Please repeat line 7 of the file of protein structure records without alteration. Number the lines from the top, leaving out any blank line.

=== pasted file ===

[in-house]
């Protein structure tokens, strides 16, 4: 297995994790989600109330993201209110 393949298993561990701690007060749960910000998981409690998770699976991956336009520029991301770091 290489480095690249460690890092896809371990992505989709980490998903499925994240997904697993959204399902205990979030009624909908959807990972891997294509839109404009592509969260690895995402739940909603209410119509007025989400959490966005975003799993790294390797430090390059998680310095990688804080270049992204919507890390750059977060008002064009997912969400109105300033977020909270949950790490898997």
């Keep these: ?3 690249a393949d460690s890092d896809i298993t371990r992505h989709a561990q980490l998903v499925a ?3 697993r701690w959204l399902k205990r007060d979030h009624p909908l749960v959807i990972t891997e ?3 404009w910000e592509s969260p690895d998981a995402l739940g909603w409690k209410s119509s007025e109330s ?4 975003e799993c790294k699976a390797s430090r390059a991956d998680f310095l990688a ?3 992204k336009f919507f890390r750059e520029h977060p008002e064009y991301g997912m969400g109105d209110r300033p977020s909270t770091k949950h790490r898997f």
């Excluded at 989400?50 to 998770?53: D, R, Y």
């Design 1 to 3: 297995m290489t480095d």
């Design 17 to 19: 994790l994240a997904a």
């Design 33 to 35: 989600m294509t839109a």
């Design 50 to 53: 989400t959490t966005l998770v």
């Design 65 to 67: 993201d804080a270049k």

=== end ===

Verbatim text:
């Design 33 to 35: 989600m294509t839109a």